Book Review: The Uncommon Reader
From the author of The History Boys and The Clothes They Stood Up In. A deliciously funny novella that celebrates the pleasure of reading.
When the Queen in pursuit of her wandering corgis stumbles upon a mobile library she feels duty bound to borrow a book. Aided by Norman, a young man from the palace kitchen who frequents the library, Bennett describes the Queen's transformation as she discovers the liberating pleasures of the written word.
I thought the description on Amazon was better:
When her corgis stray into a mobile library parked near Buckingham Palace, the Queen feels duty-bound to borrow a book. Discovering the joy of reading widely (from J. R. Ackerley, Jean Genet, and Ivy Compton-Burnett to the classics) and intelligently, she finds that her view of the world changes dramatically. Abetted in her newfound obsession by Norman, a young man from the royal kitchens, the Queen comes to question the prescribed order of the world and loses patience with the routines of her role as monarch. Her new passion for reading initially alarms the palace staff and soon leads to surprising and very funny consequences for the country at large.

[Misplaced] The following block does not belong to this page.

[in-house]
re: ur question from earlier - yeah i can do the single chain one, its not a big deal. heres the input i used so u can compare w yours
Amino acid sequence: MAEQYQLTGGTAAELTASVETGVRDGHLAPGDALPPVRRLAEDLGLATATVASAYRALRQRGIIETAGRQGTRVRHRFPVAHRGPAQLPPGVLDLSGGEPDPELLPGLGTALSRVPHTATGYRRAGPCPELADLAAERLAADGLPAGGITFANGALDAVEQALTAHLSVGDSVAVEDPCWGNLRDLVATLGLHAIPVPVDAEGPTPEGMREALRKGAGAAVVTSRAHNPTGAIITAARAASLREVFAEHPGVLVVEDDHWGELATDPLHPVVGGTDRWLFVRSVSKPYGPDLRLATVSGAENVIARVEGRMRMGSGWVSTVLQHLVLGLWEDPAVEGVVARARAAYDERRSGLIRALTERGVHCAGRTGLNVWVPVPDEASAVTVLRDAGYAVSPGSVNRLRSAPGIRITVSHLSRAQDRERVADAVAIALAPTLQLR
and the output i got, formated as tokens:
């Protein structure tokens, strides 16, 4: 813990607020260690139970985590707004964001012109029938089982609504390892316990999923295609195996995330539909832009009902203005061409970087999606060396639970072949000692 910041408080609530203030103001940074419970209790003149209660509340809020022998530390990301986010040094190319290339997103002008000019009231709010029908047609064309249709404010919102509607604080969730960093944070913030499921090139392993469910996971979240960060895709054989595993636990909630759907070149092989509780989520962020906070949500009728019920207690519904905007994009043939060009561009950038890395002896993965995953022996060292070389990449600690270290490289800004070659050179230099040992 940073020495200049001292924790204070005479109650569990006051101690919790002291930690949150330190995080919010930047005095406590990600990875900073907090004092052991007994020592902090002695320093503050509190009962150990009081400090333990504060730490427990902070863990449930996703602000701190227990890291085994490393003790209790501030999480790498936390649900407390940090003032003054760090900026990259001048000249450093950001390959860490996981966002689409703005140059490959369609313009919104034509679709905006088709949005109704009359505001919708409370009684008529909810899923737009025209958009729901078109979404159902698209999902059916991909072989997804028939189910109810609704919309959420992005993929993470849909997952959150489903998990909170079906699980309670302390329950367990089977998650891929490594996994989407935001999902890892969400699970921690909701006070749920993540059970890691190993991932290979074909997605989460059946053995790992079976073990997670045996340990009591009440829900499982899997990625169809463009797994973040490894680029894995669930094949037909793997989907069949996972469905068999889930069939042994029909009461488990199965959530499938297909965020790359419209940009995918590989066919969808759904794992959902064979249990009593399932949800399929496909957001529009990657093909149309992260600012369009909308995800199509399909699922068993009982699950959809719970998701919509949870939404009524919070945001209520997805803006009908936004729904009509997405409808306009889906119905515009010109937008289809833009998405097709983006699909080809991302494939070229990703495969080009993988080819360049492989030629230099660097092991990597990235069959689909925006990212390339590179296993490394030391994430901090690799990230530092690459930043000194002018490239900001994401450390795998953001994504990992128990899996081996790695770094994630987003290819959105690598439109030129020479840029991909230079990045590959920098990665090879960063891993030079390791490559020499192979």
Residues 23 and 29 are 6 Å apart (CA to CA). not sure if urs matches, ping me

My mind sometimes drifted reading this book however, it was a cute, quick, and light read. At 120 pages, I was done in two days. Queen Elizabeth II eyes are opened to the wonderful world of books when she stumbles across a mobile library outside her home. For the first time in her life, she is enthralled by something and becomes bored with the mundane "Queen" tasks that she has to tend to on a daily basis. As you can expect, the public and the people in her life are not too pleased by her new hobby. The Queen is ultimately met with some challenges as she struggles between tending to her Queenly duties and her intense desire to do nothing but read and eventually write. Very cute, and recommended for any book lover out there.